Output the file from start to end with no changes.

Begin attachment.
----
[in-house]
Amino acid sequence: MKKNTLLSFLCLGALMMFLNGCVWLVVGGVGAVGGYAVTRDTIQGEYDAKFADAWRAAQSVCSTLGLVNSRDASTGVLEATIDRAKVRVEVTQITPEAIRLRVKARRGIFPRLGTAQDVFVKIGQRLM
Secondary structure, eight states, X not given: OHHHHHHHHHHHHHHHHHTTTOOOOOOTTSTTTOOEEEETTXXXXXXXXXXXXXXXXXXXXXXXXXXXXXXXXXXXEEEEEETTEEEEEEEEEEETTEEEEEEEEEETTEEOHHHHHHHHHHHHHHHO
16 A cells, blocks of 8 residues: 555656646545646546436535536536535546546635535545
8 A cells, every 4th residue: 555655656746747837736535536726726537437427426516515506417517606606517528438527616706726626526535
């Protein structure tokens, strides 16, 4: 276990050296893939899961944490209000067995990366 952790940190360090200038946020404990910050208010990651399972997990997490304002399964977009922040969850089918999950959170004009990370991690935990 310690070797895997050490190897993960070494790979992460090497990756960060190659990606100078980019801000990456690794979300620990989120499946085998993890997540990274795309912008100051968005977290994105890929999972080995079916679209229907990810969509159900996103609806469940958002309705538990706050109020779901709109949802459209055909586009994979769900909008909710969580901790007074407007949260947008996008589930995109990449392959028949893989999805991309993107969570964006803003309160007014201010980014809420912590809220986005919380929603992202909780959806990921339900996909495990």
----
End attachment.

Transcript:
[in-house]
Amino acid sequence: MKKNTLLSFLCLGALMMFLNGCVWLVVGGVGAVGGYAVTRDTIQGEYDAKFADAWRAAQSVCSTLGLVNSRDASTGVLEATIDRAKVRVEVTQITPEAIRLRVKARRGIFPRLGTAQDVFVKIGQRLM
Secondary structure, eight states, X not given: OHHHHHHHHHHHHHHHHHTTTOOOOOOTTSTTTOOEEEETTXXXXXXXXXXXXXXXXXXXXXXXXXXXXXXXXXXXEEEEEETTEEEEEEEEEEETTEEEEEEEEEETTEEOHHHHHHHHHHHHHHHO
16 A cells, blocks of 8 residues: 555656646545646546436535536536535546546635535545
8 A cells, every 4th residue: 555655656746747837736535536726726537437427426516515506417517606606517528438527616706726626526535
């Protein structure tokens, strides 16, 4: 276990050296893939899961944490209000067995990366 952790940190360090200038946020404990910050208010990651399972997990997490304002399964977009922040969850089918999950959170004009990370991690935990 310690070797895997050490190897993960070494790979992460090497990756960060190659990606100078980019801000990456690794979300620990989120499946085998993890997540990274795309912008100051968005977290994105890929999972080995079916679209229907990810969509159900996103609806469940958002309705538990706050109020779901709109949802459209055909586009994979769900909008909710969580901790007074407007949260947008996008589930995109990449392959028949893989999805991309993107969570964006803003309160007014201010980014809420912590809220986005919380929603992202909780959806990921339900996909495990």